Dictionary.com
definitions
  • synonyms

cogent

[koh-juh nt]
See more synonyms on Thesaurus.com
adjective
  1. convincing or believable by virtue of forcible, clear, or incisive presentation; telling.
  2. to the point; relevant; pertinent.
Show More

Origin of cogent

1650–60; < Latin cōgent- (stem of cōgēns, present participle of cōgere to drive together, collect, compel), equivalent to cōg- (co- co- + ag-, stem of agere to drive) + -ent- -ent
Related formsco·gent·ly, adverbnon·co·gent, adjectivenon·co·gent·ly, adverbun·co·gent, adjectiveun·co·gent·ly, adverb
Dictionary.com Unabridged Based on the Random House Unabridged Dictionary, © Random House, Inc. 2018

Examples from the Web for cogently

Contemporary Examples

Historical Examples

  • It is somewhere, he cogently reflected and, taking a pencil, set to work.

    The Paliser case

    Edgar Saltus

  • He reasons, too, clearly and cogently; and writes in a limpid and flowing style.

  • Now he could show her how cogently and comprehensively he could answer a logical question.

    The Venus Trap

    Evelyn E. Smith

  • The reasons that prevailed against attempting Mitchel's rescue, Doheny cogently states.

    The Felon's Track

    Michael Doheny

  • This theory is most cogently presented by Mr. Tylor, and is confirmed by examples chosen from his wide range of reading.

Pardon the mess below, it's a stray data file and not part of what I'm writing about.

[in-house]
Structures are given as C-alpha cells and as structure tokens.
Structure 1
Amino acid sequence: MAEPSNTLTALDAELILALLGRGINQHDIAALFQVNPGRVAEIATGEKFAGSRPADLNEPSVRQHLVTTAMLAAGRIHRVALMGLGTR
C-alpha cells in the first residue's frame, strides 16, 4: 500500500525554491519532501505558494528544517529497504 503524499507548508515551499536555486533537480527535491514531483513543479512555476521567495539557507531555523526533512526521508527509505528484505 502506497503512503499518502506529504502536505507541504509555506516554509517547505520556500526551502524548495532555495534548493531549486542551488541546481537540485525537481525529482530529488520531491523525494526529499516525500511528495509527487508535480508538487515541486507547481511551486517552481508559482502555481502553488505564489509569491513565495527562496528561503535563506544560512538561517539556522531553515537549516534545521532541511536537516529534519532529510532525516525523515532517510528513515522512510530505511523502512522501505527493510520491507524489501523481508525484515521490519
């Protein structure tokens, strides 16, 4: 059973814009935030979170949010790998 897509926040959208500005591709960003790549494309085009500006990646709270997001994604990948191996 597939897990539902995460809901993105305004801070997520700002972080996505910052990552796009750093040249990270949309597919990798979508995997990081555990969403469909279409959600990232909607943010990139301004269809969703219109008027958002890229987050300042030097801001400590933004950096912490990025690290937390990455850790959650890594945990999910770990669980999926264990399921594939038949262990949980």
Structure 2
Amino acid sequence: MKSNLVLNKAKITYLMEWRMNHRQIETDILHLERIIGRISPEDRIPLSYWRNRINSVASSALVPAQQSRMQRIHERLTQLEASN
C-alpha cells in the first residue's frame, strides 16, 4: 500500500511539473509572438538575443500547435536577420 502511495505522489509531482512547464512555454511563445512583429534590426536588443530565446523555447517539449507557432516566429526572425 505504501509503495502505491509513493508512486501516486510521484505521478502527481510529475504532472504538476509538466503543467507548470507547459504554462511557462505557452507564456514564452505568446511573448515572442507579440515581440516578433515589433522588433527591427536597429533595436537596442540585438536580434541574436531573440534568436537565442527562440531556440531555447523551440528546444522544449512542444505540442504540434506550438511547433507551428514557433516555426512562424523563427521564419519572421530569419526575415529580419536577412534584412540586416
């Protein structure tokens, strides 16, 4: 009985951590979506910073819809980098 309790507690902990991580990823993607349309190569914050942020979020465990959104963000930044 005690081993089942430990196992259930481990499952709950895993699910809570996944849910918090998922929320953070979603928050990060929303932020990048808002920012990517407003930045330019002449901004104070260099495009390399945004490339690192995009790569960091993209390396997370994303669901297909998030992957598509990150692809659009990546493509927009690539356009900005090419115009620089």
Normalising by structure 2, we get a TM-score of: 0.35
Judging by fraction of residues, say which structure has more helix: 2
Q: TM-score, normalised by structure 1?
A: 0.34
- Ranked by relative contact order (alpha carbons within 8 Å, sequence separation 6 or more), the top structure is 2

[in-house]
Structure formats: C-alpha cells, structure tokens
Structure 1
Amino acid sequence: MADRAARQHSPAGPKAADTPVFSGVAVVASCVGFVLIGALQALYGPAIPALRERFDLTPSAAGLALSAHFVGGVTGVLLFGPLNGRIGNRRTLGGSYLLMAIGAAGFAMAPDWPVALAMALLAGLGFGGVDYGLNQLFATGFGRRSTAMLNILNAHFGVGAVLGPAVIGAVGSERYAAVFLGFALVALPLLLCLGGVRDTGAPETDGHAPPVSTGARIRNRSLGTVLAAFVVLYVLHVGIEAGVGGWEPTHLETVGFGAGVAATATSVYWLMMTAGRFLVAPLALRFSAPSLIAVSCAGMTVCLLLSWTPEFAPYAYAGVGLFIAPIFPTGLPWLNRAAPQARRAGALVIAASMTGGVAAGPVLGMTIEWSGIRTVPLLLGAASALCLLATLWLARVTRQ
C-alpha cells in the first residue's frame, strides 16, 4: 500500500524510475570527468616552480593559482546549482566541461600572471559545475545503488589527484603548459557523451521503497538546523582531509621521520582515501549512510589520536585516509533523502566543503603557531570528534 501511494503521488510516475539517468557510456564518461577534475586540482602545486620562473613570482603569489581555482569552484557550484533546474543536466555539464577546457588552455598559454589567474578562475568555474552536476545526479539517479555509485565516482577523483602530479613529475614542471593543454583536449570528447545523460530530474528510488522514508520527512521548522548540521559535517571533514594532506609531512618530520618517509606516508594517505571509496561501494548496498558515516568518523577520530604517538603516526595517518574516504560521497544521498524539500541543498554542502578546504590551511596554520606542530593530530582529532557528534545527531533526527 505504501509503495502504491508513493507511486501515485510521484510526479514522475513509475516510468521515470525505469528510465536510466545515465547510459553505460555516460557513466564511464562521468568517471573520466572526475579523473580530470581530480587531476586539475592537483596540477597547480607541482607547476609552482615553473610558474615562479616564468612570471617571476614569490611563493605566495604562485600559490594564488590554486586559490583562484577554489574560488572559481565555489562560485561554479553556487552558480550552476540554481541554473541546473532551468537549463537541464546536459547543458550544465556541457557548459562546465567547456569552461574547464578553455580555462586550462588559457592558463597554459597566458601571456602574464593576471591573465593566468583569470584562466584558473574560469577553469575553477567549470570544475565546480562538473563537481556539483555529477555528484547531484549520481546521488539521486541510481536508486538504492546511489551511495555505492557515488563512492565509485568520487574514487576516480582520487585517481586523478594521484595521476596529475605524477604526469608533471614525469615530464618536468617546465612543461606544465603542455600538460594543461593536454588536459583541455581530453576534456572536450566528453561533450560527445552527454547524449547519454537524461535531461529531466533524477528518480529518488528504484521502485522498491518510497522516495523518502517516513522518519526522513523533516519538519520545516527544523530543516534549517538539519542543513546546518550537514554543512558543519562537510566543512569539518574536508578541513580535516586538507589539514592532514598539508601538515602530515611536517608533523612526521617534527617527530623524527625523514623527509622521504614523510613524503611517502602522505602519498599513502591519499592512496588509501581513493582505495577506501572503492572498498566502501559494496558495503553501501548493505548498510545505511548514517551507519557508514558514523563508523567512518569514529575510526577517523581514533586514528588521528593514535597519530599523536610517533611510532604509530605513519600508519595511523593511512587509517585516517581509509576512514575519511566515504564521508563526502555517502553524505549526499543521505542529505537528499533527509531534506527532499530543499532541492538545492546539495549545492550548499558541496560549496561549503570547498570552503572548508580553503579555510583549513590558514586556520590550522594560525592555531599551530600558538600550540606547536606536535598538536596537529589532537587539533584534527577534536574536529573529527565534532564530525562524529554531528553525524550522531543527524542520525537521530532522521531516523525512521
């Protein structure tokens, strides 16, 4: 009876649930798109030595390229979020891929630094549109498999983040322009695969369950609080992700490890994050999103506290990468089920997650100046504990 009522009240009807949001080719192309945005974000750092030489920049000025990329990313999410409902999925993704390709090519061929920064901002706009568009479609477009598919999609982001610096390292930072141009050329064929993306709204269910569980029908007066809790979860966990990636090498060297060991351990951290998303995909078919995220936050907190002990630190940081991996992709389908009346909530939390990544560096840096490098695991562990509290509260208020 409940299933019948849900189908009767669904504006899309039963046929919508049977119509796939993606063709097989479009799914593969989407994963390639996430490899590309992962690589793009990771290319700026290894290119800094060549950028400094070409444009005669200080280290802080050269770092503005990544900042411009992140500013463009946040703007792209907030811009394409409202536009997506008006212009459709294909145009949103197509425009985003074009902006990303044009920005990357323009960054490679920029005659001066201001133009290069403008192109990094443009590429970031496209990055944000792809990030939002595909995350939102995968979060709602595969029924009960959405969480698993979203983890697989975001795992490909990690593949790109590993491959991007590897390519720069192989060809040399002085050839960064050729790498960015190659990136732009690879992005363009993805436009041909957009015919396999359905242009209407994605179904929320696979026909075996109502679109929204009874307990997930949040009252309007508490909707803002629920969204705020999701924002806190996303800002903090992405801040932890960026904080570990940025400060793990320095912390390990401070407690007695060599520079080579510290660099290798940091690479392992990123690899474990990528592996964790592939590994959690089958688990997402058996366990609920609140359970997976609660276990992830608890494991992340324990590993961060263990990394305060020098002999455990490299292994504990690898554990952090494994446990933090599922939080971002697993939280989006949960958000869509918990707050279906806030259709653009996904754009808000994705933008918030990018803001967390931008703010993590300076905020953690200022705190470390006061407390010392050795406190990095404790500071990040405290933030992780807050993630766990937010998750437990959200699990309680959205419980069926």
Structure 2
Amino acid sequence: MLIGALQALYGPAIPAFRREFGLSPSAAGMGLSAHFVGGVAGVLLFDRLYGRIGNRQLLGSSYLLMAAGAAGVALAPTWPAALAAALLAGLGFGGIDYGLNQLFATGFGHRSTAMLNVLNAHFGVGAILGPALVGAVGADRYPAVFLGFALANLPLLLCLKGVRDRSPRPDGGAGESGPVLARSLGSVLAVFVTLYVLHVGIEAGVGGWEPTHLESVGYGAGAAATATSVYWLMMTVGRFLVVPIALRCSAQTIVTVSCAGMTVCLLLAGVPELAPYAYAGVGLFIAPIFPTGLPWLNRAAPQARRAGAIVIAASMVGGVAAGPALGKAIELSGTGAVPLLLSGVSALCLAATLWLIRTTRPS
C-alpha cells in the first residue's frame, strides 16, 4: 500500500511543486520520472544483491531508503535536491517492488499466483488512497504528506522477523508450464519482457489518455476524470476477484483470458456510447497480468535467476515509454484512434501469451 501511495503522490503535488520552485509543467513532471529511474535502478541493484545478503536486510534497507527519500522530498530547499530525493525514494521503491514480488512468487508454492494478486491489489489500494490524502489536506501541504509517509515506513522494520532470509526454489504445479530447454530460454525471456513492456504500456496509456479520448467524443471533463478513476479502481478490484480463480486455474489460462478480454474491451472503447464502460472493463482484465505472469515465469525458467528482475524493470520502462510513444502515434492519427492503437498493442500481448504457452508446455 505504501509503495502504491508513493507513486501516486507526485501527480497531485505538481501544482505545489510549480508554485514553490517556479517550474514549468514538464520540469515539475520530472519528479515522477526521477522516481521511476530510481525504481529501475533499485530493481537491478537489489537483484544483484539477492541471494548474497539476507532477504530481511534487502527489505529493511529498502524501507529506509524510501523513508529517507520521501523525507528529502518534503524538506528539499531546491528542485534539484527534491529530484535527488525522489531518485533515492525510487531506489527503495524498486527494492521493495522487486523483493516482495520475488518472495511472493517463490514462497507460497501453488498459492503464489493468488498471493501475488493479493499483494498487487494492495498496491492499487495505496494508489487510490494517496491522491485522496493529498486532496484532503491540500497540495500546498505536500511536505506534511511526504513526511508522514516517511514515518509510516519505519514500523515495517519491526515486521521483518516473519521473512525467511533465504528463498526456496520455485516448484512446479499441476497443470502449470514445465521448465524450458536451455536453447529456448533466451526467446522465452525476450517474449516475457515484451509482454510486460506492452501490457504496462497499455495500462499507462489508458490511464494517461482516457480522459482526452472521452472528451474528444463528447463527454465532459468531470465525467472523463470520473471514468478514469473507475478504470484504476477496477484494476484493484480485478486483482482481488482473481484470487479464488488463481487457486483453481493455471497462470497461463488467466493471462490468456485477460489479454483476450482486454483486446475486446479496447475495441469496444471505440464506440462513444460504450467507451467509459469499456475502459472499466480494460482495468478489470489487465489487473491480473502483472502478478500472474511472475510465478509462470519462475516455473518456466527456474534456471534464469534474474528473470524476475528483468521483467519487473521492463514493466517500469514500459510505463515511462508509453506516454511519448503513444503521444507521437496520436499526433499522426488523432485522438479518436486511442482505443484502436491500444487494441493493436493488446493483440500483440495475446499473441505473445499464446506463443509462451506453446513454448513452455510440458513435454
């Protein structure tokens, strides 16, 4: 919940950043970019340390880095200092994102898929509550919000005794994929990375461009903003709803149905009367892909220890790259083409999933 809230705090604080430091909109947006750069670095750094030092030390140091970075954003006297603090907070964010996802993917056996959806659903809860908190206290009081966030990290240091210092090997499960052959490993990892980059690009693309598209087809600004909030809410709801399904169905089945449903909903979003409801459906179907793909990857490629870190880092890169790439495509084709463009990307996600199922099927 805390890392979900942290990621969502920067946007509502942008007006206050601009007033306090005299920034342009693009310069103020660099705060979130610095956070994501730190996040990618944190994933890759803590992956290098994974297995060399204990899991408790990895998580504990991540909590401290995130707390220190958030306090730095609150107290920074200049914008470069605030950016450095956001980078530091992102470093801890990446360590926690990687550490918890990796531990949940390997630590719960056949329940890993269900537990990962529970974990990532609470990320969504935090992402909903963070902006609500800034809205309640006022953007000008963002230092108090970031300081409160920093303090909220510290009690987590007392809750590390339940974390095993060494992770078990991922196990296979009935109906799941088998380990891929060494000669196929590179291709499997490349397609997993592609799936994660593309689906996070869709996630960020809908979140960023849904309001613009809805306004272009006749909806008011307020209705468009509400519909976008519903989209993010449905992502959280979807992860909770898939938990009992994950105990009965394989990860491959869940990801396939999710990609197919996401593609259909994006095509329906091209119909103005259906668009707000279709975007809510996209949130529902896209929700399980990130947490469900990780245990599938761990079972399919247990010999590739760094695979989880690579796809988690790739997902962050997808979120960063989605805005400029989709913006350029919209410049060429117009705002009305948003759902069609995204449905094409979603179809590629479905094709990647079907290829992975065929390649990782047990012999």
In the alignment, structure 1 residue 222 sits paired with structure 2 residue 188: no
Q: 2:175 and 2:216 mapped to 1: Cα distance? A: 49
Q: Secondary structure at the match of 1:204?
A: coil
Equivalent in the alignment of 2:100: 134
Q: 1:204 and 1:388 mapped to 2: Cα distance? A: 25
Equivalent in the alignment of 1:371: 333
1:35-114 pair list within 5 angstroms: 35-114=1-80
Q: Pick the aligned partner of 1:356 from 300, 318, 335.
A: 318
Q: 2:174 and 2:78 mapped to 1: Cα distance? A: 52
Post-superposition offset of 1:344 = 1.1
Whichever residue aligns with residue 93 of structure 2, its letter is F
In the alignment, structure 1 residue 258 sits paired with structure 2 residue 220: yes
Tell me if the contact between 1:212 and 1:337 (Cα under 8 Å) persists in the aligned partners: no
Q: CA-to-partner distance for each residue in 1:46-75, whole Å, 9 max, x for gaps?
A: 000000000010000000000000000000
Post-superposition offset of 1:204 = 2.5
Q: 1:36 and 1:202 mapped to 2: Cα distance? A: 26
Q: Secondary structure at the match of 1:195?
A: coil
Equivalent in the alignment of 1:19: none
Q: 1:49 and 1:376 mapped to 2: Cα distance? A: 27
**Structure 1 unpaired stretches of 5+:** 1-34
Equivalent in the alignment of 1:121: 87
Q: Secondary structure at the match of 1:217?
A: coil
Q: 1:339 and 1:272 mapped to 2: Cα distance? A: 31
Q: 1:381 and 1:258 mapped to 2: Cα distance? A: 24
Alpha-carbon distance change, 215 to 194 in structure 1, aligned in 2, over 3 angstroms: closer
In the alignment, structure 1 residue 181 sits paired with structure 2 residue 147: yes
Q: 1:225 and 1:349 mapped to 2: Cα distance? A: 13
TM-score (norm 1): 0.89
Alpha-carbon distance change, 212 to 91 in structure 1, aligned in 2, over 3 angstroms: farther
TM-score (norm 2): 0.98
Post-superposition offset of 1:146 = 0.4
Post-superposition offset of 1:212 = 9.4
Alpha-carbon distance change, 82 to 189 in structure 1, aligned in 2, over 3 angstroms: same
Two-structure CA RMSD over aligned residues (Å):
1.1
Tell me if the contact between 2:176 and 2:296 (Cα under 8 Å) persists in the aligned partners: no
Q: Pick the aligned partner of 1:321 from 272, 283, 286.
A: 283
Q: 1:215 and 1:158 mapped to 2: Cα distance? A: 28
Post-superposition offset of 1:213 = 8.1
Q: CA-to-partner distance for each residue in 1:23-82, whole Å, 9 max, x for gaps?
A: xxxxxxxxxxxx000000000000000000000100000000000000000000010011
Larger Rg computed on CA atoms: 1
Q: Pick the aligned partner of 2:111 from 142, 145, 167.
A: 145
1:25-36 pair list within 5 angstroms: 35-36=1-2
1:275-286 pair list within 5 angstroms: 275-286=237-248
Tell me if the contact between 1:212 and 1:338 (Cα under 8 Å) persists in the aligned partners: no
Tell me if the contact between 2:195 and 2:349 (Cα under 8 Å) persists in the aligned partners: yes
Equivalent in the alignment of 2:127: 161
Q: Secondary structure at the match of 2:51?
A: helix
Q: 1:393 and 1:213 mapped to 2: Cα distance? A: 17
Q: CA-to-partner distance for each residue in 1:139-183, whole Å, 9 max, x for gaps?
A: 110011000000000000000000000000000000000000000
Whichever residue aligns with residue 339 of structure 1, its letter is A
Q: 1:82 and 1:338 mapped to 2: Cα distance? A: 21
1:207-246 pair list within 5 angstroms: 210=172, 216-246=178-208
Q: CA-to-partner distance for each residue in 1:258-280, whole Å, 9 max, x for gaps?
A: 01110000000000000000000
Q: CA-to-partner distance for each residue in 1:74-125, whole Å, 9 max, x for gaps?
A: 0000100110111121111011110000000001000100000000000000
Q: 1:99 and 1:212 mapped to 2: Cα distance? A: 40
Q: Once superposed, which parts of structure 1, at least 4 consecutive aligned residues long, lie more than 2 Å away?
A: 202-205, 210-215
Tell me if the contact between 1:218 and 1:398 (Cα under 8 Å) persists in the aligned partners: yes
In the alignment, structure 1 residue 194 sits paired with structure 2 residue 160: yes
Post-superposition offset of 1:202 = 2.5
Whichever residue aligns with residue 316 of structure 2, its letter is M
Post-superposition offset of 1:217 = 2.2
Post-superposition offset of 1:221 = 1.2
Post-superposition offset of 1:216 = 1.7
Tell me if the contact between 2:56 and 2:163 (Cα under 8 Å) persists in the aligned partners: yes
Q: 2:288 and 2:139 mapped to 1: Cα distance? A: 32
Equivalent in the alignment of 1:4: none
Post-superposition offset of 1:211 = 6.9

British Dictionary definitions for cogently

cogent

adjective
  1. compelling belief or assent; forcefully convincing
Show More
Derived Formscogency, nouncogently, adverb

Word Origin

C17: from Latin cōgent-, cōgēns, driving together, from cōgere, from co- together + agere to drive
Collins English Dictionary - Complete & Unabridged 2012 Digital Edition © William Collins Sons & Co. Ltd. 1979, 1986 © HarperCollins Publishers 1998, 2000, 2003, 2005, 2006, 2007, 2009, 2012

Word Origin and History for cogently

cogent

adj.

1650s, from French cogent "necessary, urgent" (14c.), from Latin cogentem (nominative cogens), present participle of cogere "to curdle; to compel; to collect," literally "to drive together," from com- "together" (see co-) + agere "to drive" (see act (n.)).

Show More
Online Etymology Dictionary, © 2010 Douglas Harper